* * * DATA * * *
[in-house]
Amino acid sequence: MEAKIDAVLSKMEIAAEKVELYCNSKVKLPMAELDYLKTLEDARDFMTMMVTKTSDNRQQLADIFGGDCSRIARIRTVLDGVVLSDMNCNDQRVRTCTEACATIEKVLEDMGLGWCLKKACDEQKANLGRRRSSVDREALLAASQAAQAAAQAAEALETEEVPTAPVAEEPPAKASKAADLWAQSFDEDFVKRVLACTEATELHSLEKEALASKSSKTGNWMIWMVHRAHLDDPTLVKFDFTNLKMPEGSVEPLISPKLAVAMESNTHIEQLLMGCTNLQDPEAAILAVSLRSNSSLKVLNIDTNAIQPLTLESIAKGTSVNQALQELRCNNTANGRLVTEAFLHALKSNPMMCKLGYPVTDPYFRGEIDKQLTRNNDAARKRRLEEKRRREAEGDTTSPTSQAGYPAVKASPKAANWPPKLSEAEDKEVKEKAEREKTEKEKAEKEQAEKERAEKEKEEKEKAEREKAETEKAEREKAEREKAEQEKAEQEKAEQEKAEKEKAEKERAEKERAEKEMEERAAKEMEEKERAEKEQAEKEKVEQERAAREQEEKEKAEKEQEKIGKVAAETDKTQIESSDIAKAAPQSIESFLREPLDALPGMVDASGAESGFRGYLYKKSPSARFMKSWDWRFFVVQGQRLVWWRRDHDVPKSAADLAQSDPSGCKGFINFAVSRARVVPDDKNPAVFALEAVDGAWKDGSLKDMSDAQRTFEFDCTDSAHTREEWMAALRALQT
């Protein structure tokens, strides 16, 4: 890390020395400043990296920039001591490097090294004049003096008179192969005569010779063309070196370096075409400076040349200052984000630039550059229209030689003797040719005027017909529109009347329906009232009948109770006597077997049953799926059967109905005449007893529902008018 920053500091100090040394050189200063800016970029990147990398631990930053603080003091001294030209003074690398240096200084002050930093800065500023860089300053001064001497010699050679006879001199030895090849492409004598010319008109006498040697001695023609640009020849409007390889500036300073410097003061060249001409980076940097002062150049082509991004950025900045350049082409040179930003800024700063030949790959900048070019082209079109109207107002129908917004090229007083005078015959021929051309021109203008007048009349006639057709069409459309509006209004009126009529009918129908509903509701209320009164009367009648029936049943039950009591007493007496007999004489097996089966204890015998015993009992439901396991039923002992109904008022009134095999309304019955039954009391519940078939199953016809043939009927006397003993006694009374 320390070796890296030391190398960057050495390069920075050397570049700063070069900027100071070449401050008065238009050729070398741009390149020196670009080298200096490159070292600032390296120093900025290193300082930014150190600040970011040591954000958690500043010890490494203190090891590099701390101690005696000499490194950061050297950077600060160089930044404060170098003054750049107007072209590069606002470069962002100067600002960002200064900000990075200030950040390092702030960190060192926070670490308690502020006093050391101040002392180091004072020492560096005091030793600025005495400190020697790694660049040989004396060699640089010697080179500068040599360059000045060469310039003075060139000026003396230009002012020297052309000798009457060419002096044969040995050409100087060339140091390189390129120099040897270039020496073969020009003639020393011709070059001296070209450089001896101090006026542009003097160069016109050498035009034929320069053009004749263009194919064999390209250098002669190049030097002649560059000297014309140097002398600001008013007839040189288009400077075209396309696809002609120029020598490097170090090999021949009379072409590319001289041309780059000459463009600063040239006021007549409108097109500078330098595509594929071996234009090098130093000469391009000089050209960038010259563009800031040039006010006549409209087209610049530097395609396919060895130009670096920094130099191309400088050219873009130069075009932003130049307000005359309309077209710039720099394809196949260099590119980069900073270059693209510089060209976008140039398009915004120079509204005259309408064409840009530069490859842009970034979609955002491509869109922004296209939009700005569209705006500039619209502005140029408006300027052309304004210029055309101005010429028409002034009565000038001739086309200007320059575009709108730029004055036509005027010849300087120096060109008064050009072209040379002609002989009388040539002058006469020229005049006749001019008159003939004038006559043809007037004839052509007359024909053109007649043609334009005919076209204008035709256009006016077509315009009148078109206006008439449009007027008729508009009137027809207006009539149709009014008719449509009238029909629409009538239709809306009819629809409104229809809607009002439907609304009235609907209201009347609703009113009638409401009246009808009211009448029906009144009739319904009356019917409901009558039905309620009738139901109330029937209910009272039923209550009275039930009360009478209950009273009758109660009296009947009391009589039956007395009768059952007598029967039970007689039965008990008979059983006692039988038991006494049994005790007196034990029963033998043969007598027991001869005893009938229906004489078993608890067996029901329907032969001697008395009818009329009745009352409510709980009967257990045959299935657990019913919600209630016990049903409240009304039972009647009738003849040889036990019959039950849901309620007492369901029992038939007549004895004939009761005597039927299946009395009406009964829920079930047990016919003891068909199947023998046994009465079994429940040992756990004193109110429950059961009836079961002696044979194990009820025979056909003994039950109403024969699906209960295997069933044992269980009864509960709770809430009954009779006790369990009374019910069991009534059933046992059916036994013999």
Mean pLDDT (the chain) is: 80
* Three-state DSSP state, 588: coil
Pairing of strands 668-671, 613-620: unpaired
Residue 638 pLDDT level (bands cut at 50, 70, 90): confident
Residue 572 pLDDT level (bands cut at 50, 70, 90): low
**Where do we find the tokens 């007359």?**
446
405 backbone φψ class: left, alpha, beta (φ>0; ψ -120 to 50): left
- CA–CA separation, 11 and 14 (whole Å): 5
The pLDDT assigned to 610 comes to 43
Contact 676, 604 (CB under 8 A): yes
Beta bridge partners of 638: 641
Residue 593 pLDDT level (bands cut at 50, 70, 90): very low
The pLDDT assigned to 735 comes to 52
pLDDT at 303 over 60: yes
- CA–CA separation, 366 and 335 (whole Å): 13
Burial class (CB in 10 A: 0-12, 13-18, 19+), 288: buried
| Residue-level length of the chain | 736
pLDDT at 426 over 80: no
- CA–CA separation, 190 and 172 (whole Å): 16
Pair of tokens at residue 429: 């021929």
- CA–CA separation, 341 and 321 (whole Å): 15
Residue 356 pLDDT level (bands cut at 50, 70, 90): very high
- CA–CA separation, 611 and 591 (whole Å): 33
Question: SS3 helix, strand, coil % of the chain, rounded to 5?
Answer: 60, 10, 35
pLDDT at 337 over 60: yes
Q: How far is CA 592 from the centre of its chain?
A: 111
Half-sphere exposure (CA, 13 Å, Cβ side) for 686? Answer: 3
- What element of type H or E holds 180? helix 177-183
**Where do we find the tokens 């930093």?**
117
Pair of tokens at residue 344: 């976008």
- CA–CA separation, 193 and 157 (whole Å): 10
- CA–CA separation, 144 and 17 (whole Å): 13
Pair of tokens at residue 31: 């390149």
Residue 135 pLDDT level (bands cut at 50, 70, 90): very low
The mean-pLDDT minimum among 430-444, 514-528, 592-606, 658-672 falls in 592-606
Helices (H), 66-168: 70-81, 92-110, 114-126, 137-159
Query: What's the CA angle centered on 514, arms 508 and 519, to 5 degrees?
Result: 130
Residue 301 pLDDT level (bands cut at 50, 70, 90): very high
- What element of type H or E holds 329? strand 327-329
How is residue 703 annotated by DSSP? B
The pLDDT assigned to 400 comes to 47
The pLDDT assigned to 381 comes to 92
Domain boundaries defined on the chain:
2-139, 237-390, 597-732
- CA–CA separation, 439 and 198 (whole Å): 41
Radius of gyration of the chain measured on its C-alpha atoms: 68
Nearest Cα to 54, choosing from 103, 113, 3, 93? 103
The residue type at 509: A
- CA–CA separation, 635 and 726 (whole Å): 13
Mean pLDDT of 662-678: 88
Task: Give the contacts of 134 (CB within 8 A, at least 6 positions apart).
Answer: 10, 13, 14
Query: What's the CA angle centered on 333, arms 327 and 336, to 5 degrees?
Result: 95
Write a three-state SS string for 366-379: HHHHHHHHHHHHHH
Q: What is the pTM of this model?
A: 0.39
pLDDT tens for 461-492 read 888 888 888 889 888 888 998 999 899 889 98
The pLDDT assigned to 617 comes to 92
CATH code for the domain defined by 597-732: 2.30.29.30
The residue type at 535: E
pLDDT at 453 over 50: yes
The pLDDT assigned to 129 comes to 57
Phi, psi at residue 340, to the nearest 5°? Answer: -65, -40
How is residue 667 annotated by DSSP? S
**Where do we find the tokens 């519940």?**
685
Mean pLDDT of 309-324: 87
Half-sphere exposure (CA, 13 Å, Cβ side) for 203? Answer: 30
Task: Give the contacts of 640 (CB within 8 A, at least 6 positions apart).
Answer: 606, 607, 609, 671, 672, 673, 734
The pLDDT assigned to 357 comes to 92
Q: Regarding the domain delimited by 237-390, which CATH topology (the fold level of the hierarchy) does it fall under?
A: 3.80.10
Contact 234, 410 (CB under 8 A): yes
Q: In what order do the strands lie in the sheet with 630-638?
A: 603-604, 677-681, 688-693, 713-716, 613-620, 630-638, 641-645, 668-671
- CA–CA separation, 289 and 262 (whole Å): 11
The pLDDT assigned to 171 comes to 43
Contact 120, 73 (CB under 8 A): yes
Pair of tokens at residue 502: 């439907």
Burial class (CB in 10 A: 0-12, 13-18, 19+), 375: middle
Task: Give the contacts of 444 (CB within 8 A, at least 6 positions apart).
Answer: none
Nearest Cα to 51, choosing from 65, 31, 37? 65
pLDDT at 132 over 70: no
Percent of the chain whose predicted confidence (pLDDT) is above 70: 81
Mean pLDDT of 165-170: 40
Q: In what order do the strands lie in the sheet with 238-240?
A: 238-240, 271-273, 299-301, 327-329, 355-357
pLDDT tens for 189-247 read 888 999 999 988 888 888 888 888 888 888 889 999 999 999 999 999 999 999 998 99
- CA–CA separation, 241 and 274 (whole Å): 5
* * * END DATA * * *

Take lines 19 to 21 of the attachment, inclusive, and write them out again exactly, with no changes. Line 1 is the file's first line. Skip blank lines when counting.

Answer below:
- CA–CA separation, 366 and 335 (whole Å): 13
Burial class (CB in 10 A: 0-12, 13-18, 19+), 288: buried
| Residue-level length of the chain | 736